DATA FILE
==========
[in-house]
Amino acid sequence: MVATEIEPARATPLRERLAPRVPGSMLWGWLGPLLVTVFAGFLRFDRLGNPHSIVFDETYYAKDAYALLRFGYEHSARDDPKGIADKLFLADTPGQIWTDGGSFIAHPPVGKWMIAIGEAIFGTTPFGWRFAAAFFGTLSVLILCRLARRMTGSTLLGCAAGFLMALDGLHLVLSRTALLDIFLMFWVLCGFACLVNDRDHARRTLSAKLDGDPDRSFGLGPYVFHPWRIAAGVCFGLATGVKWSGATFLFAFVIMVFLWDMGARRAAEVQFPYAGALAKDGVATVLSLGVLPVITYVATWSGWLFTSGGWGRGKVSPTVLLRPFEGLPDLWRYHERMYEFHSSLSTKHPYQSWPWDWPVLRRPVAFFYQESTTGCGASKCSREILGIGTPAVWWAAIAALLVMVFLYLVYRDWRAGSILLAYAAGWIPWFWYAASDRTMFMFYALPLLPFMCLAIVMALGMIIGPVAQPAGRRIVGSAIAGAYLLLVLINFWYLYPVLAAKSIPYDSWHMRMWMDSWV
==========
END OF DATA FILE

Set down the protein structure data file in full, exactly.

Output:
[in-house]
Amino acid sequence: MVATEIEPARATPLRERLAPRVPGSMLWGWLGPLLVTVFAGFLRFDRLGNPHSIVFDETYYAKDAYALLRFGYEHSARDDPKGIADKLFLADTPGQIWTDGGSFIAHPPVGKWMIAIGEAIFGTTPFGWRFAAAFFGTLSVLILCRLARRMTGSTLLGCAAGFLMALDGLHLVLSRTALLDIFLMFWVLCGFACLVNDRDHARRTLSAKLDGDPDRSFGLGPYVFHPWRIAAGVCFGLATGVKWSGATFLFAFVIMVFLWDMGARRAAEVQFPYAGALAKDGVATVLSLGVLPVITYVATWSGWLFTSGGWGRGKVSPTVLLRPFEGLPDLWRYHERMYEFHSSLSTKHPYQSWPWDWPVLRRPVAFFYQESTTGCGASKCSREILGIGTPAVWWAAIAALLVMVFLYLVYRDWRAGSILLAYAAGWIPWFWYAASDRTMFMFYALPLLPFMCLAIVMALGMIIGPVAQPAGRRIVGSAIAGAYLLLVLINFWYLYPVLAAKSIPYDSWHMRMWMDSWV